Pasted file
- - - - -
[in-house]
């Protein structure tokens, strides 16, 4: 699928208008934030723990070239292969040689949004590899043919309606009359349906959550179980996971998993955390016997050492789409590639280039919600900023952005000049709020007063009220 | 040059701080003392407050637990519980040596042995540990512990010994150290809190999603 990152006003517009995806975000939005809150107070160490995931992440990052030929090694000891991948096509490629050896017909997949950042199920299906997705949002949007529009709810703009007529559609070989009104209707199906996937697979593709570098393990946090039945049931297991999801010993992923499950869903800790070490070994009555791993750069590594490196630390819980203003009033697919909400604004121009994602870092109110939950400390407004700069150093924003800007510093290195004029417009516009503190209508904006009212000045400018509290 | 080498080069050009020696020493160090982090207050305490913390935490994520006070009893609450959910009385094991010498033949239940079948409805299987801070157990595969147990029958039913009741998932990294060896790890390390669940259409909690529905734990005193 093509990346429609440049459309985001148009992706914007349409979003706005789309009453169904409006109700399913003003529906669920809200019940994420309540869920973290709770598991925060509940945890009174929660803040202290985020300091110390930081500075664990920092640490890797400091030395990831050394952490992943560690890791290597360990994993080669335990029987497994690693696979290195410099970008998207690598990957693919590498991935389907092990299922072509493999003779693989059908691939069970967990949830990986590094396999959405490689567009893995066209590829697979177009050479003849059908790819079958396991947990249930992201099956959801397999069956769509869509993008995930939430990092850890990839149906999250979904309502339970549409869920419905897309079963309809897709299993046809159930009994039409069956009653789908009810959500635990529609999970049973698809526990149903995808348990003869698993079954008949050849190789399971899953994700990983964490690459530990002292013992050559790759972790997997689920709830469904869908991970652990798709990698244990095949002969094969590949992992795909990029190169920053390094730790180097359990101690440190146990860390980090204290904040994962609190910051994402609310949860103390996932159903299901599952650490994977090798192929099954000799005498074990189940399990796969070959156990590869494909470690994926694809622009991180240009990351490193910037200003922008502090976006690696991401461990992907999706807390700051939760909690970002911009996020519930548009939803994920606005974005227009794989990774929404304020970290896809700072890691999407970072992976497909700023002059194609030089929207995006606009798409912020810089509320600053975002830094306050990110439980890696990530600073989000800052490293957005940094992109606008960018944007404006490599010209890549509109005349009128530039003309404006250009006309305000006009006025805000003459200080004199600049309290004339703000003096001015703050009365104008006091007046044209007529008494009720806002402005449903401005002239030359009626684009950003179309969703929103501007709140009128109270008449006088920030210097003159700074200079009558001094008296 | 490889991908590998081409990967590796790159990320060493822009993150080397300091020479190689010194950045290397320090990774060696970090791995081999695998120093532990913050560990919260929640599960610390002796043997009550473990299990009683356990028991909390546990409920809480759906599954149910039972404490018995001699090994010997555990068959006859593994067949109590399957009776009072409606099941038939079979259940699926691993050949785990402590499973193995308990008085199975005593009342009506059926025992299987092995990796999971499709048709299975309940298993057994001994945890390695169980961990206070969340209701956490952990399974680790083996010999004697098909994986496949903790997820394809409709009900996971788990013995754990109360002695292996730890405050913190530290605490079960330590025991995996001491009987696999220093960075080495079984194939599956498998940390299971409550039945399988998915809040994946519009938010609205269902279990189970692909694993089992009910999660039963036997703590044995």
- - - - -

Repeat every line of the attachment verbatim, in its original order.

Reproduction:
[in-house]
């Protein structure tokens, strides 16, 4: 699928208008934030723990070239292969040689949004590899043919309606009359349906959550179980996971998993955390016997050492789409590639280039919600900023952005000049709020007063009220 | 040059701080003392407050637990519980040596042995540990512990010994150290809190999603 990152006003517009995806975000939005809150107070160490995931992440990052030929090694000891991948096509490629050896017909997949950042199920299906997705949002949007529009709810703009007529559609070989009104209707199906996937697979593709570098393990946090039945049931297991999801010993992923499950869903800790070490070994009555791993750069590594490196630390819980203003009033697919909400604004121009994602870092109110939950400390407004700069150093924003800007510093290195004029417009516009503190209508904006009212000045400018509290 | 080498080069050009020696020493160090982090207050305490913390935490994520006070009893609450959910009385094991010498033949239940079948409805299987801070157990595969147990029958039913009741998932990294060896790890390390669940259409909690529905734990005193 093509990346429609440049459309985001148009992706914007349409979003706005789309009453169904409006109700399913003003529906669920809200019940994420309540869920973290709770598991925060509940945890009174929660803040202290985020300091110390930081500075664990920092640490890797400091030395990831050394952490992943560690890791290597360990994993080669335990029987497994690693696979290195410099970008998207690598990957693919590498991935389907092990299922072509493999003779693989059908691939069970967990949830990986590094396999959405490689567009893995066209590829697979177009050479003849059908790819079958396991947990249930992201099956959801397999069956769509869509993008995930939430990092850890990839149906999250979904309502339970549409869920419905897309079963309809897709299993046809159930009994039409069956009653789908009810959500635990529609999970049973698809526990149903995808348990003869698993079954008949050849190789399971899953994700990983964490690459530990002292013992050559790759972790997997689920709830469904869908991970652990798709990698244990095949002969094969590949992992795909990029190169920053390094730790180097359990101690440190146990860390980090204290904040994962609190910051994402609310949860103390996932159903299901599952650490994977090798192929099954000799005498074990189940399990796969070959156990590869494909470690994926694809622009991180240009990351490193910037200003922008502090976006690696991401461990992907999706807390700051939760909690970002911009996020519930548009939803994920606005974005227009794989990774929404304020970290896809700072890691999407970072992976497909700023002059194609030089929207995006606009798409912020810089509320600053975002830094306050990110439980890696990530600073989000800052490293957005940094992109606008960018944007404006490599010209890549509109005349009128530039003309404006250009006309305000006009006025805000003459200080004199600049309290004339703000003096001015703050009365104008006091007046044209007529008494009720806002402005449903401005002239030359009626684009950003179309969703929103501007709140009128109270008449006088920030210097003159700074200079009558001094008296 | 490889991908590998081409990967590796790159990320060493822009993150080397300091020479190689010194950045290397320090990774060696970090791995081999695998120093532990913050560990919260929640599960610390002796043997009550473990299990009683356990028991909390546990409920809480759906599954149910039972404490018995001699090994010997555990068959006859593994067949109590399957009776009072409606099941038939079979259940699926691993050949785990402590499973193995308990008085199975005593009342009506059926025992299987092995990796999971499709048709299975309940298993057994001994945890390695169980961990206070969340209701956490952990399974680790083996010999004697098909994986496949903790997820394809409709009900996971788990013995754990109360002695292996730890405050913190530290605490079960330590025991995996001491009987696999220093960075080495079984194939599956498998940390299971409550039945399988998915809040994946519009938010609205269902279990189970692909694993089992009910999660039963036997703590044995």